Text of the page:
Richmond lawyer claims former staff arrested in China

Hong Guo says Chinese police have charged two of her former employees in connection to the disappearance of about $7.5 million that she alleges was stolen from her firm’s trust account

Richmond real estate lawyer Hong Guo says Chinese police have charged two of her former employees in connection to the disappearance of about $7.5 million that Guo alleges was stolen from her firm’s trust account, laundered through B.C. Lottery Corp. casino accounts, and transferred to China in the form of casino chips.

At a press conference Monday, Guo claimed that through her own investigations in B.C. and China, she has forwarded sufficient evidence to Chinese police authorities in order to secure charges against her former employees.

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Guo claimed that through court actions, she has obtained B.C. casino transaction records to support her case.

In legal documents, Guo alleges that her former employees developed an inappropriate relationship in the office, and through a complex scheme, in March 2016 drained her trust account by forging her name on cheques, and then deposited millions in bank drafts into B.C. Lottery Corp. client accounts.

Cash was withdrawn from casino accounts and somehow ended up in China, Guo’s legal filings allege.

On Monday, Guo added new details, alleging that suspects made massive cash and playing chip withdrawals from New Westminster’s Starlight Casino before fleeing to China.

“The facts I know, is (a female employee) took cash from her account every day, for a short period of time … $700,000, and $800,000. It’s a large amount. So the casino doesn’t think something is wrong?” Guo said.

Guo claimed that she also interviewed a New Westminster casino manager about her concerns.

“The manager said that, if you give us bank drafts into our account, the policy is you can (withdraw) as much cash as you like,” Guo said.

“As long as it is a bank draft (deposit) you can withdraw cash.”

Even further, Guo claimed her investigation showed that gamblers can transfer BCLC casino chips to casinos in Asia, in order to exchange the B.C. gambling chips for cash outside of Canada.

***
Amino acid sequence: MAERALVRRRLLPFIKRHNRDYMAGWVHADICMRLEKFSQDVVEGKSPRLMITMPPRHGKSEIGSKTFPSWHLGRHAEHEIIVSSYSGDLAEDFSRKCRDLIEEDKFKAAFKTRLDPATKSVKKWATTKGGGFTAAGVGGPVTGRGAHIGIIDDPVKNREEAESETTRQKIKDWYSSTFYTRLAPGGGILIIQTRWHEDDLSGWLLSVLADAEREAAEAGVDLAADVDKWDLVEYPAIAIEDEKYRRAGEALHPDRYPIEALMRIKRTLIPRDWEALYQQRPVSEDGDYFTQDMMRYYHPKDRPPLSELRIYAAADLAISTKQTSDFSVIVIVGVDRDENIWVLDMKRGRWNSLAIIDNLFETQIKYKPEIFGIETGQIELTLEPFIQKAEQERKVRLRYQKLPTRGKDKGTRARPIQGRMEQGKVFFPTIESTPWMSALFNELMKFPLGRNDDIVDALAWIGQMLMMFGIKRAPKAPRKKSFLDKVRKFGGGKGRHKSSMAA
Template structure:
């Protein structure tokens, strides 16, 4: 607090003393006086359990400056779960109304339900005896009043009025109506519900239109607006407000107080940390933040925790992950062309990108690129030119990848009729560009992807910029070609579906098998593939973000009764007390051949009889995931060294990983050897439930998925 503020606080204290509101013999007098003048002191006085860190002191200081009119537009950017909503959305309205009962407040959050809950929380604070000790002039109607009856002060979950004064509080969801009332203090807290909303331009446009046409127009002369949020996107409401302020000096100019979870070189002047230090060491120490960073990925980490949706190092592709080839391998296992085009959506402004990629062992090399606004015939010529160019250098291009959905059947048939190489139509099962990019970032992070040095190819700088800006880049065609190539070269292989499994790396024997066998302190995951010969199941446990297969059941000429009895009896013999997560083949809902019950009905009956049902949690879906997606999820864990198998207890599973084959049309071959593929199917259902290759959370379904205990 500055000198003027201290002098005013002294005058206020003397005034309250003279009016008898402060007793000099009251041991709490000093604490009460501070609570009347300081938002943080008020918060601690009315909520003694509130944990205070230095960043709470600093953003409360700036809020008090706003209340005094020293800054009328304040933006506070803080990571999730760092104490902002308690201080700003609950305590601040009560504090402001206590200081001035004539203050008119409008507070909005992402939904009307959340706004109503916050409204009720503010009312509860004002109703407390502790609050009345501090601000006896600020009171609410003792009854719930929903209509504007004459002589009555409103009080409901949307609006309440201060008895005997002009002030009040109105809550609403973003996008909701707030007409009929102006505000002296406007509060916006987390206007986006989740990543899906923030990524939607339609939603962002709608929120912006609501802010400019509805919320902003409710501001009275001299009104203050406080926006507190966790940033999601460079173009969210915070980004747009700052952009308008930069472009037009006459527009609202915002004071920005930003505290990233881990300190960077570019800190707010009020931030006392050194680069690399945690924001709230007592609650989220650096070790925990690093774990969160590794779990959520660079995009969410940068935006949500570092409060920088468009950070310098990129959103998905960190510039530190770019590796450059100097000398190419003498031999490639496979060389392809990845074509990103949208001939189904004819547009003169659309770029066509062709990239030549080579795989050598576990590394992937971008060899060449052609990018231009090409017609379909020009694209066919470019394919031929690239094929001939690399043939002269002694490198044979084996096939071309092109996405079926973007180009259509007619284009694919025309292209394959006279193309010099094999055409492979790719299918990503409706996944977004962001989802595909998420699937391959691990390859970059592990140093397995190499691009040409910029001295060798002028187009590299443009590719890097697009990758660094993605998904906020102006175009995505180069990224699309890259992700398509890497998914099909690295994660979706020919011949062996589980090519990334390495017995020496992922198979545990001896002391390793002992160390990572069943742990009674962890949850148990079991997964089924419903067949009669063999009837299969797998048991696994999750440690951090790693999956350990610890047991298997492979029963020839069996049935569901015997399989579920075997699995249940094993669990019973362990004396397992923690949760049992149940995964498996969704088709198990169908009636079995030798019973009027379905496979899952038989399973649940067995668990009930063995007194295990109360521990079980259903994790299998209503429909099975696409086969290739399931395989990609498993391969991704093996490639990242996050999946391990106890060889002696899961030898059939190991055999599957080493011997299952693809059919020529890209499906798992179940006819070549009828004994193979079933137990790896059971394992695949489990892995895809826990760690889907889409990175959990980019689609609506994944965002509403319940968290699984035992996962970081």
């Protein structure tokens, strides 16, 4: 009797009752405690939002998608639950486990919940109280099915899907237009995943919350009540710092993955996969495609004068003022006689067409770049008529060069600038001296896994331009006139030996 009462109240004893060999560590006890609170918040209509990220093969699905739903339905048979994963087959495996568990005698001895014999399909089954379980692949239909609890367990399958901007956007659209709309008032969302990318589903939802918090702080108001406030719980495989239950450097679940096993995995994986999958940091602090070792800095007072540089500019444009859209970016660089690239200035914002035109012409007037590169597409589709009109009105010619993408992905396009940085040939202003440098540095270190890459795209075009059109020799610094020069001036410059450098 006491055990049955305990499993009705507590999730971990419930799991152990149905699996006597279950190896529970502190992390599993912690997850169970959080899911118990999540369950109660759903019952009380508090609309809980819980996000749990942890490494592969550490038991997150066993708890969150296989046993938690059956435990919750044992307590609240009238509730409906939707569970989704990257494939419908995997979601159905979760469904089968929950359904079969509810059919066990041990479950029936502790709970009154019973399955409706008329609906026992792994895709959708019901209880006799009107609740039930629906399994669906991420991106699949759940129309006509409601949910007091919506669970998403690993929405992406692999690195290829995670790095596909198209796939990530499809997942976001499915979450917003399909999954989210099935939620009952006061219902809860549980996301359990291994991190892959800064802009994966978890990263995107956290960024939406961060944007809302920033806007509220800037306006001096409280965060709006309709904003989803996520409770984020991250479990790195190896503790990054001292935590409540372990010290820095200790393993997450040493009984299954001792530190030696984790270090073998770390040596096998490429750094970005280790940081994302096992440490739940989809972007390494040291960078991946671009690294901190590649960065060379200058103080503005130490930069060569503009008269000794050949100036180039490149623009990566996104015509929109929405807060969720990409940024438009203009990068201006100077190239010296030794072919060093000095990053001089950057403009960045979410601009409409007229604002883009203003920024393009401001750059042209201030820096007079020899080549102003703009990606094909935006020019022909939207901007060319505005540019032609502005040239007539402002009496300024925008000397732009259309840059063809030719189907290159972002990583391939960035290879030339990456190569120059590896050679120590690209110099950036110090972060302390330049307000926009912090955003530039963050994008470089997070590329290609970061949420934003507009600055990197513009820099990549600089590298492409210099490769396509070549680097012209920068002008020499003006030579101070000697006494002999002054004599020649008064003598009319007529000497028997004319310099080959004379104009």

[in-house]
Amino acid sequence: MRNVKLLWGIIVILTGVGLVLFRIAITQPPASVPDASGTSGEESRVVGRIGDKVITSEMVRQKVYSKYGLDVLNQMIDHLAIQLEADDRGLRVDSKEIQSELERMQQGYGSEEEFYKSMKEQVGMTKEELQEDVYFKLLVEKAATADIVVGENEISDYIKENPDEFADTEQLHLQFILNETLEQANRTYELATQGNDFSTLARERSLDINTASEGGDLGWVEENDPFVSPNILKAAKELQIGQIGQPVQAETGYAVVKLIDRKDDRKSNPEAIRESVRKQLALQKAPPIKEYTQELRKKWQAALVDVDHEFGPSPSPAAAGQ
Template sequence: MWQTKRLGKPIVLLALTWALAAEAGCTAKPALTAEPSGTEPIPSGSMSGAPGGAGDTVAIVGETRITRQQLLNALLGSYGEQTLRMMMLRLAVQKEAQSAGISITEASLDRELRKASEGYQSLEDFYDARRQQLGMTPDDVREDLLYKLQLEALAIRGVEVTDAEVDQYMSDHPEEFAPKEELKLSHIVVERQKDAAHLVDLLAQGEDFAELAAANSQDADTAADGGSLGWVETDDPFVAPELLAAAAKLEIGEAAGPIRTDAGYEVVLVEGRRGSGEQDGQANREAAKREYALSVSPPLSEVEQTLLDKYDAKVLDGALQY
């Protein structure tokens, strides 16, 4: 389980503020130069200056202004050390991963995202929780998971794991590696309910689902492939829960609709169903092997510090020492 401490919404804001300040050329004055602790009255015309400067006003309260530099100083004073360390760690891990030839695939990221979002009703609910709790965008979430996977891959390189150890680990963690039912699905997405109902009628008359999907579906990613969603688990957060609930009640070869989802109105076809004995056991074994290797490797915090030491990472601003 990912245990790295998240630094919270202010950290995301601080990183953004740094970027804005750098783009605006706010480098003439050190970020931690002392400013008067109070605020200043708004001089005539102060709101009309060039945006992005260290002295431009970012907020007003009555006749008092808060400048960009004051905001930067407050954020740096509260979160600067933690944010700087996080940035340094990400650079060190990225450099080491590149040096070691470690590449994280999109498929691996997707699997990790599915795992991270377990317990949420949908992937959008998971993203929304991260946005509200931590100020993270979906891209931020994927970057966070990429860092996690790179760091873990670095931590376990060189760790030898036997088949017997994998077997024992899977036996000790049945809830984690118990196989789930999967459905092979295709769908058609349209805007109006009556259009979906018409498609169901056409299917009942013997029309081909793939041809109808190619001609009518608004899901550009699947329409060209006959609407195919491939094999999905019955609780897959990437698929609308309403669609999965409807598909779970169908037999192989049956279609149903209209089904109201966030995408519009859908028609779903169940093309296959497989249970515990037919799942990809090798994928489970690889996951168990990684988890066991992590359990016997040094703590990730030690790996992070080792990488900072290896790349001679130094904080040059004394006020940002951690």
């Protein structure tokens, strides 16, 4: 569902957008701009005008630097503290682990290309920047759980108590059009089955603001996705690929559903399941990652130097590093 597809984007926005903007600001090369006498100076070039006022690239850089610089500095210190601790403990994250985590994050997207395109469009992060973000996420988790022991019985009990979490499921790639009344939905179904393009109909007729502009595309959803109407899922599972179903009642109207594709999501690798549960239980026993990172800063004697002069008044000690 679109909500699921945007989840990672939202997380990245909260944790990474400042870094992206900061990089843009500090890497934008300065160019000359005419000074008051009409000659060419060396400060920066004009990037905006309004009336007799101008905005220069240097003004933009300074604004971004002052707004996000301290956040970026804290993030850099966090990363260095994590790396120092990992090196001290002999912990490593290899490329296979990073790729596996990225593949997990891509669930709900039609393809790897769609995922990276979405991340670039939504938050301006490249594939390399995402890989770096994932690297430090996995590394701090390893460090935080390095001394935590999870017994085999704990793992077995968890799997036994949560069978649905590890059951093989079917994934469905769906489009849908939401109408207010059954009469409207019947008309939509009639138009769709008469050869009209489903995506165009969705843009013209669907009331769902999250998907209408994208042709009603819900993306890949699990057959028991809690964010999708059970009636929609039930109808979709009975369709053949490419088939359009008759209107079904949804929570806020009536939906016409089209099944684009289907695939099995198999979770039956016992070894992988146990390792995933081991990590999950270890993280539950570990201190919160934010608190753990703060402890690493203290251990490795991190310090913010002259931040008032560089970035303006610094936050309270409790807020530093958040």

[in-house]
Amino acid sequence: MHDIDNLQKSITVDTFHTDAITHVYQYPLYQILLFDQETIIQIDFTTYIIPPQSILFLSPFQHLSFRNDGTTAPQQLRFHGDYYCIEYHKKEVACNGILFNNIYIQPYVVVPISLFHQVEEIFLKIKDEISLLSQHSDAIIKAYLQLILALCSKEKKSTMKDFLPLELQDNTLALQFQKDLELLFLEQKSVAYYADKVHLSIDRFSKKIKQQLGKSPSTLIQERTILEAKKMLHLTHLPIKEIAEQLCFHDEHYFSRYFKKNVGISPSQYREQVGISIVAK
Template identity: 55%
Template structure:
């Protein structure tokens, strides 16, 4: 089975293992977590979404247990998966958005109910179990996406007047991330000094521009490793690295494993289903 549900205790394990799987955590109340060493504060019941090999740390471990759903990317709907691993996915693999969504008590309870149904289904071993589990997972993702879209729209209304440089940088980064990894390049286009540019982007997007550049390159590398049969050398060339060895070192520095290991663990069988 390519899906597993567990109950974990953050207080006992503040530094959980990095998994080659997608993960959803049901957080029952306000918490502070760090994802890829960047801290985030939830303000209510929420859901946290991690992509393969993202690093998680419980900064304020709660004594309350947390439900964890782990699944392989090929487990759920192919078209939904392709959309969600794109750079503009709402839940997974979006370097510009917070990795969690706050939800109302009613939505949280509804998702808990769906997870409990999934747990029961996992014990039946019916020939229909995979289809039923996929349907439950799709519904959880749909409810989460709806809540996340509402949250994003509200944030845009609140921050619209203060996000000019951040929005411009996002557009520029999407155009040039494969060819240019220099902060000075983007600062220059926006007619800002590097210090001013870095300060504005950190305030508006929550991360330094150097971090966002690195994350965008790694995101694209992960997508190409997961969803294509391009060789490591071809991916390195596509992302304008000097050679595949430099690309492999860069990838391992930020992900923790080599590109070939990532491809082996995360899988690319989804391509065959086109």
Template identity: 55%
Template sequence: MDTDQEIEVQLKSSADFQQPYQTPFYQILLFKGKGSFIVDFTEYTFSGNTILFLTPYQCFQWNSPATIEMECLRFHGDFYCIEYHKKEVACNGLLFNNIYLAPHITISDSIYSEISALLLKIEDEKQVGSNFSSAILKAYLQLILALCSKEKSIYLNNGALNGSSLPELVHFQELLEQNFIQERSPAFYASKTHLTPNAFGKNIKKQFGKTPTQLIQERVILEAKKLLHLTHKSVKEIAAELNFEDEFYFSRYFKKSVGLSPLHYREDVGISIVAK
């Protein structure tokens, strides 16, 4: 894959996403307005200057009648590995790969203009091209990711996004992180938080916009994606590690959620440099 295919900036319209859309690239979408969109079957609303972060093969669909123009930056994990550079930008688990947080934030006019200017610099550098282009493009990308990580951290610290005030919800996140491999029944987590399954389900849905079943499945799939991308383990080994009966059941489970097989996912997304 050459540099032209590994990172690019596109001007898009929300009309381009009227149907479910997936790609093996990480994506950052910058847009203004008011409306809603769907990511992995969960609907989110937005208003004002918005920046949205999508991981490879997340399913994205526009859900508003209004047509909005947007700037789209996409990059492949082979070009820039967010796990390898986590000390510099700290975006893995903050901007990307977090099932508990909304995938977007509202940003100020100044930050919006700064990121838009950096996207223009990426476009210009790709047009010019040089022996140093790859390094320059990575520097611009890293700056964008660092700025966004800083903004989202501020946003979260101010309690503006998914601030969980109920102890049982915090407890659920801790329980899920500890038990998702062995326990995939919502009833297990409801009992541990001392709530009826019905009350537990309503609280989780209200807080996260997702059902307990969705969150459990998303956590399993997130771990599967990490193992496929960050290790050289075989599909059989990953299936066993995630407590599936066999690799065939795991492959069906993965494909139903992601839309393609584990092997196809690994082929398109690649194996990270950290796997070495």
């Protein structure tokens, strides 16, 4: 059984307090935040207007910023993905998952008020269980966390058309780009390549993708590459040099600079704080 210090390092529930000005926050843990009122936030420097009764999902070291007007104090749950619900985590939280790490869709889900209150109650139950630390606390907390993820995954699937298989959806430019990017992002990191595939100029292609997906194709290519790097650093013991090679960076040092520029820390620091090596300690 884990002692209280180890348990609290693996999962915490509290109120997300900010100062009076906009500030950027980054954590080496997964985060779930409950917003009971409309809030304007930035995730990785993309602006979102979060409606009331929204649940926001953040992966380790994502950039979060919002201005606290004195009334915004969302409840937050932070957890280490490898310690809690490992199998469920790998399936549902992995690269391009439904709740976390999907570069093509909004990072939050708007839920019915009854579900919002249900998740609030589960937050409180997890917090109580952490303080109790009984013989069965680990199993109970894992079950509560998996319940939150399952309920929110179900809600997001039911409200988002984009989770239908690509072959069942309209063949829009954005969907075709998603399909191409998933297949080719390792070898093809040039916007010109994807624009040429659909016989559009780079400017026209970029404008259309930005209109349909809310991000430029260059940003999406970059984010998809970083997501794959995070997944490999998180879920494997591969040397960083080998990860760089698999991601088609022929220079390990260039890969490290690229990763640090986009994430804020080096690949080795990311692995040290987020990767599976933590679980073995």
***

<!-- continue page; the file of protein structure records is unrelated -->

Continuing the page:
Guo issued a statement saying: “Evidence obtained by Hong Guo through court order and Freedom of Information requests show (a female employee) transferred the money in the form of casino chips from her account at New Westminster’s … casino to casinos in China where they were turned into cash.”

Guo said that for legal reasons, she could not provide casino transaction records to Postmedia, nor did she provide documents from China.

The BCLC has claimed that patron gaming fund accounts, such as the one allegedly used by Guo’s former employee, have greater protections against money laundering, compared to large cash deposits. However, B.C. gaming enforcement branch documents raise concerns that bank drafts deposited into BCLC accounts are not adequately vetted for source of funds.

On Monday, Guo said that she believes in her case, these concerns about bank draft deposits and the vetting of funds in BCLC client accounts were proven true.

BCLC did not respond Monday to Postmedia’s request for comments on Guo’s allegations.

Guo also repeatedly accused the RCMP of failing to adequately investigate her case.

A confidential B.C. Gaming Enforcement Branch “Section 86” report obtained by Postmedia confirms that B.C. Lottery Corp. in April 2016 received a complaint at Starlight Casino in New Westminster, about the female suspect named by Guo.

“There were concerns that an unknown number of bank drafts submitted by (the suspect) for gambling purposes derived from a third party involved in fraud,” the document says. The suspect’s gaming privileges were cancelled and two banks, CIBC and BMO, investigated the alleged transactions, the document says. And several days later, a Richmond RCMP officer “confirmed he was investigating a $7.5 million fraud involving a law firm in Richmond,” the Section 86 report says. “(Suspect) is believed to be the recipient of some of those funds.”

Postmedia pointed to this document on Monday, and Guo responded: “I’m not aware of any action (RCMP) took … They didn’t help me at all.”

The RCMP did not respond to Postmedia’s requests for comment on Guo’s allegations.

Guo also claimed on Monday that a B.C. Law Society investigation of her trust fund shortage case has found no issues at her practice.

In response to questions from Postmedia after Guo’s press conference, Law Society spokesman David Jordan said: “Our investigation of Guo continues and details of any investigation remain confidential unless and until a citation is authorized.”

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